If you're experiencing discomfort, redness, or irritation when wearing contact lenses, it's essential to identify whether you're allergic to the contacts themselves or the lens solution. This article aims to provide insights on how to differentiate between the two and offers guidance on finding the appropriate solution.
Contact Lens Allergy:
A contact lens allergy typically arises from the accumulation of contaminants on the lenses rather than the materials of the lenses themselves. Over time, proteins from your eyes can build up on the lenses, and when these proteins enter your bloodstream, your immune system recognizes them as foreign invaders, triggering an allergic reaction. This reaction may lead to a condition known as giant papillary conjunctivitis (GPC). Symptoms of a contact lens allergy include redness, swelling, heaviness in the eyes, discharge, itchiness, watery eyes, pain, sensitivity, and the presence of small bumps (papillae) on the inside of your eyelids.
Contact Lens Intolerance:
Contact lens intolerance refers to the inability to wear contact lenses due to eye pain or irritation. Several factors can contribute to this condition, such as nearsightedness, astigmatism, farsightedness, ocular conditions, chronic dry eye, other allergies, improperly fitted lenses, or underlying issues.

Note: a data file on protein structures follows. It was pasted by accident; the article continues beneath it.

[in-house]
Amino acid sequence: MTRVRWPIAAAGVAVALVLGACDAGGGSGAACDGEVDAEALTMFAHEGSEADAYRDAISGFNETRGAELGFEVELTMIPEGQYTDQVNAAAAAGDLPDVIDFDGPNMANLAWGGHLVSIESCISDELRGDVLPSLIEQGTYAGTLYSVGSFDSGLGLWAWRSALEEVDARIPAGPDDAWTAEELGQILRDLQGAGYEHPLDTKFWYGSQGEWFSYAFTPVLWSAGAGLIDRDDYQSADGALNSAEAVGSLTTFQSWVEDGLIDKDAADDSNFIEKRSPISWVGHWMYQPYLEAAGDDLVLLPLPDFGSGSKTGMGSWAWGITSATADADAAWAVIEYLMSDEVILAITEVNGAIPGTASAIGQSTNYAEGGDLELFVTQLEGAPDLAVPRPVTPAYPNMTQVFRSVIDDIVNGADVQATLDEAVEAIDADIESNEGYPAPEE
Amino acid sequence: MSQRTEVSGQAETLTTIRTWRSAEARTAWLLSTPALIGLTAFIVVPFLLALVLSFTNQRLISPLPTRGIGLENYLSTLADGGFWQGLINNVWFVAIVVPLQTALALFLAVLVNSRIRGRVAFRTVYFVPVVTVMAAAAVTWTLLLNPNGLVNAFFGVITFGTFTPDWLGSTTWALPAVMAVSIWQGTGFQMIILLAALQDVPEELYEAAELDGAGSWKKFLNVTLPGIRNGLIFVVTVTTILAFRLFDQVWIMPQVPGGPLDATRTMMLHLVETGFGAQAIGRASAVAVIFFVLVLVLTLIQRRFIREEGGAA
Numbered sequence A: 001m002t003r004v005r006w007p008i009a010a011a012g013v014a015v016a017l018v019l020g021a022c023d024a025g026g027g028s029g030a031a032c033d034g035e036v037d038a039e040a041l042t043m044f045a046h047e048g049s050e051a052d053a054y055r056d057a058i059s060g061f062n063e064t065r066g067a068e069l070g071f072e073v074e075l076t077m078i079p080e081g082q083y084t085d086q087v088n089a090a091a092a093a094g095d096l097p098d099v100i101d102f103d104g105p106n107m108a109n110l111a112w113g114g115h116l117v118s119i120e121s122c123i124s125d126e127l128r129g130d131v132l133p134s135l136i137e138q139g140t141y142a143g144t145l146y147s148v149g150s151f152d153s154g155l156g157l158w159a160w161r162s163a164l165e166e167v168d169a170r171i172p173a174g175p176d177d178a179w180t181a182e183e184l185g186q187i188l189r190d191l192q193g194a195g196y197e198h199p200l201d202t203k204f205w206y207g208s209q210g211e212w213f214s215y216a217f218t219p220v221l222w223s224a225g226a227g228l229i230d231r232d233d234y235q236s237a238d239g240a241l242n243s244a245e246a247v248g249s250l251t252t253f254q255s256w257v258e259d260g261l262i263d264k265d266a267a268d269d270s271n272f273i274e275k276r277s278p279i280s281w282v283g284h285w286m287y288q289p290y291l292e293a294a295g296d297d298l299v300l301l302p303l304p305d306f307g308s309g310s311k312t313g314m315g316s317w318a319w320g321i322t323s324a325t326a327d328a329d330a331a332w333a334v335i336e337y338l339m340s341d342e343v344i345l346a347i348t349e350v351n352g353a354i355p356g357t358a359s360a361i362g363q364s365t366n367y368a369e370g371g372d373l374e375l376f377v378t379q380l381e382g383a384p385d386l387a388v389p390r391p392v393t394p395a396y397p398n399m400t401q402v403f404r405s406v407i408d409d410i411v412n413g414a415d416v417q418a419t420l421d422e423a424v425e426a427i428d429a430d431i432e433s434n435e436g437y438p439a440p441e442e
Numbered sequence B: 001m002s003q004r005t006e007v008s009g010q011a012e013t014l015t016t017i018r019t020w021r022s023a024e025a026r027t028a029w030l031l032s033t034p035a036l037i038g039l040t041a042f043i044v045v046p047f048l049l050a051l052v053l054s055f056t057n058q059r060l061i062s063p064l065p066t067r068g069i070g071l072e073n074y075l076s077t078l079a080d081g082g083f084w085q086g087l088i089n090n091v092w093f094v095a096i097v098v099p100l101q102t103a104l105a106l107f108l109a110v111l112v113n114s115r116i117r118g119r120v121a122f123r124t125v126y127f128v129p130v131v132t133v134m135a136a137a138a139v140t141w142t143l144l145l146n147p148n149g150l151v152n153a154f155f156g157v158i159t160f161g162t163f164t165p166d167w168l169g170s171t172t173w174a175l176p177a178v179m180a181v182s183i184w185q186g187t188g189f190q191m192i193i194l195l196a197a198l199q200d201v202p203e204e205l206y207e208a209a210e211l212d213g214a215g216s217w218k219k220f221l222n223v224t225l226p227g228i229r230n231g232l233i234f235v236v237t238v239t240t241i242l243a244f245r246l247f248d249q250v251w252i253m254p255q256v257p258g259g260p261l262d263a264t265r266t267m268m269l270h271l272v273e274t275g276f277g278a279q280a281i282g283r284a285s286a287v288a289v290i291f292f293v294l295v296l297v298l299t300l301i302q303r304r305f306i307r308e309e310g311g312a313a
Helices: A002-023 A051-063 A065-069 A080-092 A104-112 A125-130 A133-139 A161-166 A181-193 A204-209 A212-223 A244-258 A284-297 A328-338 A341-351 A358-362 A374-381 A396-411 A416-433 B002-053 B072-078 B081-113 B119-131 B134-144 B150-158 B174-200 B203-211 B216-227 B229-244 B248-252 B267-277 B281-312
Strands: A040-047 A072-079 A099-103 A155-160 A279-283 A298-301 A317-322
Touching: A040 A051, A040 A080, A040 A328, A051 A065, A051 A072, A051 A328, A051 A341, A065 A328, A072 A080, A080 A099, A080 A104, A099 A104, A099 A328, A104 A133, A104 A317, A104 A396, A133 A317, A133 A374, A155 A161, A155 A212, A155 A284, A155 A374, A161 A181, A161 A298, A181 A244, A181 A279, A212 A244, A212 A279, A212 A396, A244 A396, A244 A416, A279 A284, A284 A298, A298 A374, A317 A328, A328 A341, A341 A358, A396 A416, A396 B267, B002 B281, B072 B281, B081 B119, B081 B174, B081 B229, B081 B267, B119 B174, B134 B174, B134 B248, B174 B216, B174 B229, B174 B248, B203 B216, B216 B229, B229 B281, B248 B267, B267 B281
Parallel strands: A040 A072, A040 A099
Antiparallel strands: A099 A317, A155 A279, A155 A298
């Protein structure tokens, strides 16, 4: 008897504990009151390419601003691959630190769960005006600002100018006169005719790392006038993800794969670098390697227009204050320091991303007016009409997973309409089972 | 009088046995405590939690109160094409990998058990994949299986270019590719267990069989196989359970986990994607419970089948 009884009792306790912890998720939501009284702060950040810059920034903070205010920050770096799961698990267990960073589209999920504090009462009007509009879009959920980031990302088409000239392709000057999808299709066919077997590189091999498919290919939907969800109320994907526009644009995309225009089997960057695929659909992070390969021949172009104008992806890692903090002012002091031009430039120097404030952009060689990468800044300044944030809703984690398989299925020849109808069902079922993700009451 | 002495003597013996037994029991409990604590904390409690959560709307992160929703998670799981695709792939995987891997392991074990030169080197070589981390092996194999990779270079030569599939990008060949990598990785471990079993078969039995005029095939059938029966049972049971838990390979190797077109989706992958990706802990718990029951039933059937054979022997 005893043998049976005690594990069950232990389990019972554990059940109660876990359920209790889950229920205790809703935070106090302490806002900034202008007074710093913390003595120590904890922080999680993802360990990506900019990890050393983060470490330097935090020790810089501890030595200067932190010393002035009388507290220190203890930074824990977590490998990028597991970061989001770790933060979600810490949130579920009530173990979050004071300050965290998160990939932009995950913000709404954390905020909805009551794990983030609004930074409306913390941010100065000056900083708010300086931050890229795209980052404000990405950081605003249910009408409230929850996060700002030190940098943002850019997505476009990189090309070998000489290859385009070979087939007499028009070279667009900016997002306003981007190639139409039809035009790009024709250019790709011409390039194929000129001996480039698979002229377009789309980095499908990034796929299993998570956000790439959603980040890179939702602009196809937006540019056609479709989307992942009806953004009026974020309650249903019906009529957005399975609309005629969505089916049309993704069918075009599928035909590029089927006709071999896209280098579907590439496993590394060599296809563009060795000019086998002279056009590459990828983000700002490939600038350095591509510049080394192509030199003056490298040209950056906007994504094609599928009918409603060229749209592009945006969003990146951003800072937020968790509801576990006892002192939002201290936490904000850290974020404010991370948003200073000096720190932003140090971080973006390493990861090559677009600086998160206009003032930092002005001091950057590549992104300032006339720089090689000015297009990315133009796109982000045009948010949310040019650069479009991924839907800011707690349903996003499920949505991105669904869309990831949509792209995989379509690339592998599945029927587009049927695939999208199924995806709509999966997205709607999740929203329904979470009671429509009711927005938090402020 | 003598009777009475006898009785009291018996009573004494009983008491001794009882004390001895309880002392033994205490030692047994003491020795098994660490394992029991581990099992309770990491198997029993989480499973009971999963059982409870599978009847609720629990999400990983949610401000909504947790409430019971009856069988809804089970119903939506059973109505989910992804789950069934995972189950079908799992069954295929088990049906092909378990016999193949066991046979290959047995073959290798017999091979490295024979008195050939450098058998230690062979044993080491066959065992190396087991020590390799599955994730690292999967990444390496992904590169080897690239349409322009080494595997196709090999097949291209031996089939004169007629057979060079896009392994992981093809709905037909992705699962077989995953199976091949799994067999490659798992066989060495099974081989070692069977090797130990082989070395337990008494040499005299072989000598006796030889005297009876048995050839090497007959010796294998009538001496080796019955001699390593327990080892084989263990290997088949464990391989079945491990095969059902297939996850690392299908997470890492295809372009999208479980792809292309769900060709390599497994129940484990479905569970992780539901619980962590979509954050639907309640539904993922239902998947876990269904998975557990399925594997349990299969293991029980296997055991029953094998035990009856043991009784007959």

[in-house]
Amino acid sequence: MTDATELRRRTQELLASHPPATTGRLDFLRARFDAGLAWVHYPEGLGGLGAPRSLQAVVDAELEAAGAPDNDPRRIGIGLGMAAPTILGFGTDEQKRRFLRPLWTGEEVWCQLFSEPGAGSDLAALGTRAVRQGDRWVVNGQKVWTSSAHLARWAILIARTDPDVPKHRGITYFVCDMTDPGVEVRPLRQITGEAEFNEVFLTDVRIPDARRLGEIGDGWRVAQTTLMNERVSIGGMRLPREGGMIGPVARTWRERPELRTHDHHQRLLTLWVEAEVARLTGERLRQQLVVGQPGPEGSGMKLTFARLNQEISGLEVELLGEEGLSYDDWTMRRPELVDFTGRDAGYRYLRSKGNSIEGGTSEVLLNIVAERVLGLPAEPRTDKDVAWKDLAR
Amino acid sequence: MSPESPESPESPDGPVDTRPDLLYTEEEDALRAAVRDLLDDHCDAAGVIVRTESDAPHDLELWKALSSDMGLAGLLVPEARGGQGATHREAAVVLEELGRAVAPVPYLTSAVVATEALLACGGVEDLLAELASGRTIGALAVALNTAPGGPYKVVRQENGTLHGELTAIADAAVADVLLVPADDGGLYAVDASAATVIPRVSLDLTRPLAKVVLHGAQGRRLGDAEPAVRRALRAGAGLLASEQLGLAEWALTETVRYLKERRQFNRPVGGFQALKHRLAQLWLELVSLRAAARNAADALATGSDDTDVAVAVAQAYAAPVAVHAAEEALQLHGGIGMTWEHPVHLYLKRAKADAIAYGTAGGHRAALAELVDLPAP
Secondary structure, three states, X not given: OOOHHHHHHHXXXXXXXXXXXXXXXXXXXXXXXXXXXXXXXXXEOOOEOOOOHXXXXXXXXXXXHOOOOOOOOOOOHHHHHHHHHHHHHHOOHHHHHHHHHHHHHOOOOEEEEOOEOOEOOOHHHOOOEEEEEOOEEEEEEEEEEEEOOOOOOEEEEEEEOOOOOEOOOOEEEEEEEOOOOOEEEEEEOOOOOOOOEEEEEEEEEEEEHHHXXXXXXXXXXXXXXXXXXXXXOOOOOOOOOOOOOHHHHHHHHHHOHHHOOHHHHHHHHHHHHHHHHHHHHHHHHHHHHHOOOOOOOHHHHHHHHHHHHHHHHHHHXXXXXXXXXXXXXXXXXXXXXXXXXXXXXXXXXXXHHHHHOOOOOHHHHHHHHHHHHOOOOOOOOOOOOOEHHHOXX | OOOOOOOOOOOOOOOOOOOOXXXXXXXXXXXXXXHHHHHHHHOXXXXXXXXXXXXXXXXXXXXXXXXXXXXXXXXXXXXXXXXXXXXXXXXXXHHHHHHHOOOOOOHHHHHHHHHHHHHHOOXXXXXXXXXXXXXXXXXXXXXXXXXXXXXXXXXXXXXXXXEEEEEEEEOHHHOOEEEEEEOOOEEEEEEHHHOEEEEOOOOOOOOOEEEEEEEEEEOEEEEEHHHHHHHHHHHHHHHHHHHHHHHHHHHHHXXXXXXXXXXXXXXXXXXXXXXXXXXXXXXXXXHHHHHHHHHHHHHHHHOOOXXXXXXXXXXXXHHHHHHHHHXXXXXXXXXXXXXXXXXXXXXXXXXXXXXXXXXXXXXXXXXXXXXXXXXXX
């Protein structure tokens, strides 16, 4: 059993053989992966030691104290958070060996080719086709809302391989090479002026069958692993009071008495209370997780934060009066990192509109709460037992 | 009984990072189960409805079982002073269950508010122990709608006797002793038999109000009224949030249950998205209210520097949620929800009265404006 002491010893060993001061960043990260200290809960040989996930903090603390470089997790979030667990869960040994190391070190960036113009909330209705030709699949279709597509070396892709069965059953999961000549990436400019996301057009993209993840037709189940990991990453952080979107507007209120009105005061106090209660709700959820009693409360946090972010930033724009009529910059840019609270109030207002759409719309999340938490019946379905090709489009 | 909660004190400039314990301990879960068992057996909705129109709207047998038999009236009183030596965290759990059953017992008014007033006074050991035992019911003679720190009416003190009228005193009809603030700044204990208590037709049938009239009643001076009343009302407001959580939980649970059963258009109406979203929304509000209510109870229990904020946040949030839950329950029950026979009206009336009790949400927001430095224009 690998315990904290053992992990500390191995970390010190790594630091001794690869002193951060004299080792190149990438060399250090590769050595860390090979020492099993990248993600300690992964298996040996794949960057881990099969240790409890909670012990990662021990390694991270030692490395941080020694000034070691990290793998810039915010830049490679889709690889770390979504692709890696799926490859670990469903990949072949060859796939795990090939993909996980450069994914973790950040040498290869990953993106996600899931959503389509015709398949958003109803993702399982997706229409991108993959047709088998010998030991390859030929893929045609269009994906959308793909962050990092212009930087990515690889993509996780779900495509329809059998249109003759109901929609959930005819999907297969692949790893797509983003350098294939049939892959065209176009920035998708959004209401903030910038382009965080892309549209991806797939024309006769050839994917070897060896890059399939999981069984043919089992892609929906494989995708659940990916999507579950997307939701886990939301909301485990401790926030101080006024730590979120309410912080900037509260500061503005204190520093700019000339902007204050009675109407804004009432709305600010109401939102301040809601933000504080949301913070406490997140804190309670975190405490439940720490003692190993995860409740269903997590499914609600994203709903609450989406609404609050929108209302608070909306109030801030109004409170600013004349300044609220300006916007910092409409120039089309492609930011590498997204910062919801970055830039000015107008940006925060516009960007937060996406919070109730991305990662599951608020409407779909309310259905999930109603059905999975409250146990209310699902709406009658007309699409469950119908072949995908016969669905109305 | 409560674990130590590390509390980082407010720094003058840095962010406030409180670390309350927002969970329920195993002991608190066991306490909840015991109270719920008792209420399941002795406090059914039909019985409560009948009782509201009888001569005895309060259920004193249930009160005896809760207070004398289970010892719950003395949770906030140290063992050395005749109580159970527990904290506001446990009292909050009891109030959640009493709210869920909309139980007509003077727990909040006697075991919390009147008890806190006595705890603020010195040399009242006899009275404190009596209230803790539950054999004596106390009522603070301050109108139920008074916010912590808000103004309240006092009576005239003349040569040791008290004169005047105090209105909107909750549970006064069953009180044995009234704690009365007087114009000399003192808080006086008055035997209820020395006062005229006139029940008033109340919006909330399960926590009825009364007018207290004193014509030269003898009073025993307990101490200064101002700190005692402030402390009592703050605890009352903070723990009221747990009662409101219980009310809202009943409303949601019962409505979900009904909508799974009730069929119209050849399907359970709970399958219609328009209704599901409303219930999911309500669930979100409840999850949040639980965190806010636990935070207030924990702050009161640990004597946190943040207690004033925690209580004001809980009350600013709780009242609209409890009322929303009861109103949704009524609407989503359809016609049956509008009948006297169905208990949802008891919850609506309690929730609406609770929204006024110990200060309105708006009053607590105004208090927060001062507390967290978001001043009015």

Steps to Determine the Cause:
Take note of any symptoms you experience, such as redness, swelling, heaviness, discharge, itchiness, or pain. It is crucial to share these symptoms with your optometrist for a thorough evaluation.
Consult with Your Optometrist:
During your consultation, your optometrist will inquire about your symptoms and medical history, including any known allergies. They may also conduct an eye examination and assess the fit of your lenses to rule out other potential causes.
Consider Lens Solution:
Lens solutions often contain preservatives, and these preservatives, even in trace amounts, can occasionally trigger an allergic reaction. If you suspect that the lens solution might be causing your discomfort, consider switching to a solution designed for sensitive eyes or one that is thimerosal-free or preservative-free. Monitor whether the change in solution alleviates your symptoms.
Maintain Good Hygiene:
Irrespective of the cause, maintaining good contact lens hygiene is crucial in preventing irritation and infections. Follow proper hygiene practices, such as washing your hands before handling your contacts, cleaning your lenses daily with a recommended solution, inspecting your lenses for damage or debris, regularly replacing your contact case, and avoiding irritants like dust, dirt, pollen, or other allergens that can contaminate your contacts.
Seek Professional Advice:
If your symptoms persist or worsen, it is important to seek further evaluation and guidance from your optometrist. They may recommend adjustments to your cleaning routine, a change in lens type or solution, or suggest a period of rest from wearing lenses to allow your eyes to recover.
Remember that a proper diagnosis and guidance from a healthcare professional are vital in determining the cause of your discomfort and finding the appropriate solution. By following these steps and seeking professional advice, you can address contact lens-related issues effectively and ensure the well-being of your eyes.